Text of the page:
Everybody knows that the U.S. and Soviet Russia were allies during World War II. We all remember the famous Lend-Lease Agreement as well as the joint campaign against Nazi Germany as the common enemy. But did you know that there actually was an instance back in 1944 when the two countries fought each other in a severe battle in the sky?
Find out the fascinating details of this forgotten tale of history and make use of the following bonuses in the game in this week’s special:
30% discount on ammunition that you buy with credits
The biggest gun in the world is worth nothing without the right ammunition in it!
30% discount on all planes in the game that you buy with credits
Yes, you read right! All planes in the entire game are 30% off during the special!
The special runs from Tuesday 5th November 07:00 CET (GMT+1) until Friday 8th November 06:30 CET.
Towards the end of 1944, the Red Army had beaten the Nazis on their own territory and begun to push them further and further back west. On November 7th, the Soviet 6th Guards Rifle Corps was moving on Belgrade with orders to reinforce the southern wing of the Hungarian front. All of a sudden, just as they were passing the Serbian city of Niš, three groups of U.S. P-38 Lightning fighter planes appeared on the horizon. To the Soviets big surprise, four out of the 12 fighters split with the rest of their group, and suddenly and inexplicably began attacking the convoy of trucks, killing 31 and wounding 37 others.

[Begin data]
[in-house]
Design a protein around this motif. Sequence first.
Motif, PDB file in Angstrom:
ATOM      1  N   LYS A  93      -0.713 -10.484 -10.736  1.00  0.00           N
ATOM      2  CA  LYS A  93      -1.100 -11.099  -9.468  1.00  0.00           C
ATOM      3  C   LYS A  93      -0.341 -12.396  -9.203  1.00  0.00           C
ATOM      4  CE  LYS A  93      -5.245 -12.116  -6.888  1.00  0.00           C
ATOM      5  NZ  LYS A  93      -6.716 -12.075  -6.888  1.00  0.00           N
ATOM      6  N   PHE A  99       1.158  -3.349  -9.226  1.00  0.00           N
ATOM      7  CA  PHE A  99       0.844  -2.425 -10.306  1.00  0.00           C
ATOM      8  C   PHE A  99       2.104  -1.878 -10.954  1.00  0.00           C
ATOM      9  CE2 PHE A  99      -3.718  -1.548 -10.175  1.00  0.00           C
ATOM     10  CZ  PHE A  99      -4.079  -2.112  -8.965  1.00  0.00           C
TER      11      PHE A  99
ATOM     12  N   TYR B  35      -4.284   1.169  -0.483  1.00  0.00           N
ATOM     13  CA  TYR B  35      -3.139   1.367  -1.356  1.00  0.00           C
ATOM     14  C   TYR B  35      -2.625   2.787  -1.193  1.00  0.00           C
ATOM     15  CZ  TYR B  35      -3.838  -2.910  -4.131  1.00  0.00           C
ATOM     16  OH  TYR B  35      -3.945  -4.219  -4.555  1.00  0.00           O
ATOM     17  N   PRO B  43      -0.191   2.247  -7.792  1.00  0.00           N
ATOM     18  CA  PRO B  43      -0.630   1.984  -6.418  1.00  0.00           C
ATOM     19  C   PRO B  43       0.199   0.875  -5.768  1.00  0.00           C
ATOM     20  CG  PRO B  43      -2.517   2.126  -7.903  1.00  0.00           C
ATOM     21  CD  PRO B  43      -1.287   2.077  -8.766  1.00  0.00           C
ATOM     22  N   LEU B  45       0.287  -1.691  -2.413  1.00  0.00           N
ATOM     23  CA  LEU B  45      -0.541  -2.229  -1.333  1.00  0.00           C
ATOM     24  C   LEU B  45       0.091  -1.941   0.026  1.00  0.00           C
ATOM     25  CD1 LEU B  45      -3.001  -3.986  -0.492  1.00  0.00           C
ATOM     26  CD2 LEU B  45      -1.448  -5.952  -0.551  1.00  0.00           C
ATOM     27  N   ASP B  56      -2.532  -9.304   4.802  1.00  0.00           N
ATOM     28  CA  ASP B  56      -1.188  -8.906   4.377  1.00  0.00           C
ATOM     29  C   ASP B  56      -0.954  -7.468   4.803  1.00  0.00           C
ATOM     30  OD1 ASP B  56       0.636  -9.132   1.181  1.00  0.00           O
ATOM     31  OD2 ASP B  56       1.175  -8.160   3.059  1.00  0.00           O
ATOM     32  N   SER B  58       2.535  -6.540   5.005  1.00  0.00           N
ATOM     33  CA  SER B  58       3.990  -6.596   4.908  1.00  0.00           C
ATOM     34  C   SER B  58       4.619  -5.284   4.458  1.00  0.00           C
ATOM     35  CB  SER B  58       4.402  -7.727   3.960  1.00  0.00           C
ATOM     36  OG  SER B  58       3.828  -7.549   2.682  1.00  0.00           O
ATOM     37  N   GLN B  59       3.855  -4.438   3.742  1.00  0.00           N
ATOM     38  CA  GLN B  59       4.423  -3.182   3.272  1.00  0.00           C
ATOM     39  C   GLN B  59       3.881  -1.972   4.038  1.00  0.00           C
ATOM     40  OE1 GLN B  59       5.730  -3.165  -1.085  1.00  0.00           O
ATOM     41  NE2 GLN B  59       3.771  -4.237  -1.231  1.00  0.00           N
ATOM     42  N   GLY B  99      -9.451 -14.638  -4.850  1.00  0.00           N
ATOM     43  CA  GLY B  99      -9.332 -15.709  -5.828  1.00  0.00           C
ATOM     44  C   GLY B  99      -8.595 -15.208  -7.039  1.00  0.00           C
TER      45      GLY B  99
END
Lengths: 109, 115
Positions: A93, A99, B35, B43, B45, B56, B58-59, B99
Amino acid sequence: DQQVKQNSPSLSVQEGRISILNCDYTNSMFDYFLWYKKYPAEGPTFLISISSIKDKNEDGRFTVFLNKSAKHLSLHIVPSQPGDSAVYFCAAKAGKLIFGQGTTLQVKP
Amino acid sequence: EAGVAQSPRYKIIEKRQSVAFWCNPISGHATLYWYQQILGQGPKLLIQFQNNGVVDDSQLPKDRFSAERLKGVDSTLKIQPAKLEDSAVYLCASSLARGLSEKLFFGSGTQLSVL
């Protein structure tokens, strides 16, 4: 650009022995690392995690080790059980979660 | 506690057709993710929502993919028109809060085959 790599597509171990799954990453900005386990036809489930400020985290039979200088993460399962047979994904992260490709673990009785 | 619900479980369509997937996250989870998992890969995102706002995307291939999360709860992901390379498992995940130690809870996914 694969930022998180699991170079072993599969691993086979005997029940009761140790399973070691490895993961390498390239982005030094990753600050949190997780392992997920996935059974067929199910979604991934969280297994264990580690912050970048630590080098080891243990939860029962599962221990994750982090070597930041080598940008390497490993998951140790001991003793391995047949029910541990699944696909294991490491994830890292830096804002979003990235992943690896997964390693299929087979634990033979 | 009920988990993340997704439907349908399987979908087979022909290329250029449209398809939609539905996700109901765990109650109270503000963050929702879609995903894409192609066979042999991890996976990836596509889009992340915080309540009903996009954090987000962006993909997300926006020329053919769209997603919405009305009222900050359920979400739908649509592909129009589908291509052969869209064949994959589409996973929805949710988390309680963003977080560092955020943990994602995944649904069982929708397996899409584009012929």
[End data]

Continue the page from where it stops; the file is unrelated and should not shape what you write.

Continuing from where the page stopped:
Although, as could be expected, the Soviets had been caught completely off-guard, they didn’t fail to react immediately. Within minutes of the first attack, orders were given to have 9 Yakovlev Yak-3 aircraft take off from the nearby Niš airfield to engage the hostile U.S. fighters. The help could not have come any sooner! The Yaks arrived on scene just as the second group of P-38’s was starting its attack on the helpless infantry who were feverishly trying to establish a defensive position against the unexpected enemy.
The two groups of fighters collided in the air above the outskirts of the city and soon entered a heated dogfight that the amazed habitants of Niš observed from the ground. Both sides lost a couple of airplanes, some from the air-to-air combat and some shot down by the Anti-Aircraft barrage, which by that time had also joined in on the action. When the Soviets realised that they were shooting at Americans, one of their pilots, risking his life, climbed up to the main group of Lightnings and by waiving his wings signalled them that they were on the same side.
It wasn’t until that moment that the Americans took notice of the clearly visible red stars that were painted on the Soviet fighter’s wings. They immediately disengaged, initiated a 240 degree turn and took off westward where they re-joined their main squad of another 60 Lightnings patrolling the area. To this day, it’s not entirely clear why the Americans attacked the Soviet convoy. It is likely that the group of stray P-38’s got lost and, while an impressive 400 km off course, mistook the moving trucks for German enemies.
Historical records are not unanimous on exactly how many planes each side lost that day. While the U.S. speaks of 4 Yaks and 2 Lightnings lost, the Soviet side reports of 2 downed Yaks and 5 destroyed Lightnings. Because this incident is treated as top secret in both Moscow and Washington, nobody will know for sure until the official documents about this fateful event are declassified. Either way, this curious encounter remains to this day the only direct military confrontation between the U.S. and the USSR in the history of the two countries.
Don’t make the same mistake as the Americans - only shoot at your enemies, Pilots!